Alaska Gov. Tony Knowles last week called on a hesitant FederalTrade Commission (FTC) to swiftly approve BP Amoco’s proposedacquisition of Atlantic Richfield Co. (Arco), which has beenstalled at the agency due to antitrust concerns.

Exploration and production on Alaska’s North Slope, which shouldbe “bustling” now due to high oil prices, “has slowed dramaticallybecause of uncertainties” over whether the FTC will give itsgo-ahead to the $26 billion transaction, Knowles wrote FTC ChairmanRobert Pitofsky in a Dec. 8 letter. “This means less oil is beingproduced and the longer the acquisition remains in limbo, thegreater the chill [will be] on further” E&P activity.

Although “I appreciate the national antitrust concerns you mustconsider about this proposed acquisition,” Knowles said he was”hopeful…..that the FTC [would] bring its merger deliberationsto a prompt and satisfactory conclusion…”

Prior to the letter, Knowles had telephoned Pitofsky to informhim of the agreement that Alaska reached earlier this month with BPAmoco, which clears the way for the marriage of the two largest oilproducers in the state. Also, Alaska Attorney General Bruce Botelhomet with the FTC staff in Washington last week to discuss theAlaska-BP Amoco agreement and some of the merger concerns. And BPAmoco officials last week “went and made their case” again beforethe FTC.

But still there’s no word from the agency on what’s in store forthe proposed BP Amoco-Arco merger. “The FTC is playing it prettyclose to their chest at this point, and they have not decidedexactly what they intend to do and when they intend to do it,” saidan informed source.

Knowles urged the FTC to support Alaska’s “historic agreement”with the two oil producers, which calls for a combined BPAmoco-Arco to: divest 175,000 barrels per day of North Slope oilproduction, and 620,000 undeveloped acres on state and federallands; divest controlling interest in the nation’s second largestoil field, Kuparuk; and sell a share of the Trans-Alaska oilpipeline system to other North Slope producers.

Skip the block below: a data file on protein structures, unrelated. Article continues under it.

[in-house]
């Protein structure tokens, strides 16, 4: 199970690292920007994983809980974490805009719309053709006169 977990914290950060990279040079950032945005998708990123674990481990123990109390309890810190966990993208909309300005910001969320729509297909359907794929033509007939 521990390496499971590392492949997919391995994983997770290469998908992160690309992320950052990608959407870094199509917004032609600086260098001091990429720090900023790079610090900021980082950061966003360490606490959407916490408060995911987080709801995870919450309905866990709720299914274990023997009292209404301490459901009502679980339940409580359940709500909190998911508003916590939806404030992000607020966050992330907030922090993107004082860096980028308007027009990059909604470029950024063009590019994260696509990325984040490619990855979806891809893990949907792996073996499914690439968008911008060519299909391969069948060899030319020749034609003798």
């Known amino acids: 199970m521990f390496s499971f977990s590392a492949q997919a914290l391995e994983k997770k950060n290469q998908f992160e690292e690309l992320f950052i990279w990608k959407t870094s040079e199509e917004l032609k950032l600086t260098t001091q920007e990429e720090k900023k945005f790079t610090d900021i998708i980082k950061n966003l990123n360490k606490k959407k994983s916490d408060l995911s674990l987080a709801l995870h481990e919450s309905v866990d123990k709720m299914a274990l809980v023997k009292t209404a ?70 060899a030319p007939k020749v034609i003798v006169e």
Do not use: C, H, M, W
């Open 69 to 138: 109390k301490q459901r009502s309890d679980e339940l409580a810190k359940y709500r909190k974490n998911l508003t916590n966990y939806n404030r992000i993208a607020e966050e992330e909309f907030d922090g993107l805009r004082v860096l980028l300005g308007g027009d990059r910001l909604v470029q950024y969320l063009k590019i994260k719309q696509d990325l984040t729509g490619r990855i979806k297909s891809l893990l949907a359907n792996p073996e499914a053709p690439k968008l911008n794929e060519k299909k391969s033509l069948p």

But even with these concessions, a combined BP Amoco and Arcostill would control close to 60% of Alaska’s production and raisecertain antitrust concerns. FTC staff members reportedly have urgedthe commission to reject the Alaska accord because they believe thecombined company still would exert too much control over Alaskacrude oil production and, as a result, could drive up gasolineprices on the U.S. West Coast.

Knowles said the proposed merger initially had violated thestate’s antitrust laws, but the “scope, magnitude and consequencesof”‘ the divestitures in three areas — production, acreage andtransportation — that were mandated under Alaska’s agreementresolved those concerns. “To our knowledge, this is the largestdivestiture of oil production in U.S. history, and the value of thetotal divestiture has been estimated by industry analysts at up to$4 billion,” he said.

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